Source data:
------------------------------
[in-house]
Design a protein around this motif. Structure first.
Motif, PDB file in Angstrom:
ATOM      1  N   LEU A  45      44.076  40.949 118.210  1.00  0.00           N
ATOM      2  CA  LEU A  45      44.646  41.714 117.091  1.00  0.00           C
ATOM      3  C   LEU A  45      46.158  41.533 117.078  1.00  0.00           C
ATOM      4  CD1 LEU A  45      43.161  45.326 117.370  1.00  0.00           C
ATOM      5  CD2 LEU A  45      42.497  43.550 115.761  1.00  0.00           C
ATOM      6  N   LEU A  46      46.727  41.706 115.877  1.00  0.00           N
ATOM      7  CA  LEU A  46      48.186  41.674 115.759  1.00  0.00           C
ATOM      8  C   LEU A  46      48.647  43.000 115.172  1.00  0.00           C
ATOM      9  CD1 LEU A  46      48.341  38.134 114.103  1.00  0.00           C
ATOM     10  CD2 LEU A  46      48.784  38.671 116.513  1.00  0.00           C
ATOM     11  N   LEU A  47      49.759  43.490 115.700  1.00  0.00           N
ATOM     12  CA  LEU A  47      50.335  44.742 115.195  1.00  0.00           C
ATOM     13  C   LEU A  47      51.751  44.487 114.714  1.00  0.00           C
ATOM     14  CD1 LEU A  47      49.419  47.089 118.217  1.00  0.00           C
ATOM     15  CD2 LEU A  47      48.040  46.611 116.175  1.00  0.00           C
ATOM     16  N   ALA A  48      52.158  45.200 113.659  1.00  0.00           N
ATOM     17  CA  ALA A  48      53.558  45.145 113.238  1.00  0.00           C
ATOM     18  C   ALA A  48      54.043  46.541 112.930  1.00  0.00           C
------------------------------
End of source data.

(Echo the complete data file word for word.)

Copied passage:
[in-house]
Design a protein around this motif. Structure first.
Motif, PDB file in Angstrom:
ATOM      1  N   LEU A  45      44.076  40.949 118.210  1.00  0.00           N
ATOM      2  CA  LEU A  45      44.646  41.714 117.091  1.00  0.00           C
ATOM      3  C   LEU A  45      46.158  41.533 117.078  1.00  0.00           C
ATOM      4  CD1 LEU A  45      43.161  45.326 117.370  1.00  0.00           C
ATOM      5  CD2 LEU A  45      42.497  43.550 115.761  1.00  0.00           C
ATOM      6  N   LEU A  46      46.727  41.706 115.877  1.00  0.00           N
ATOM      7  CA  LEU A  46      48.186  41.674 115.759  1.00  0.00           C
ATOM      8  C   LEU A  46      48.647  43.000 115.172  1.00  0.00           C
ATOM      9  CD1 LEU A  46      48.341  38.134 114.103  1.00  0.00           C
ATOM     10  CD2 LEU A  46      48.784  38.671 116.513  1.00  0.00           C
ATOM     11  N   LEU A  47      49.759  43.490 115.700  1.00  0.00           N
ATOM     12  CA  LEU A  47      50.335  44.742 115.195  1.00  0.00           C
ATOM     13  C   LEU A  47      51.751  44.487 114.714  1.00  0.00           C
ATOM     14  CD1 LEU A  47      49.419  47.089 118.217  1.00  0.00           C
ATOM     15  CD2 LEU A  47      48.040  46.611 116.175  1.00  0.00           C
ATOM     16  N   ALA A  48      52.158  45.200 113.659  1.00  0.00           N
ATOM     17  CA  ALA A  48      53.558  45.145 113.238  1.00  0.00           C
ATOM     18  C   ALA A  48      54.043  46.541 112.930  1.00  0.00           C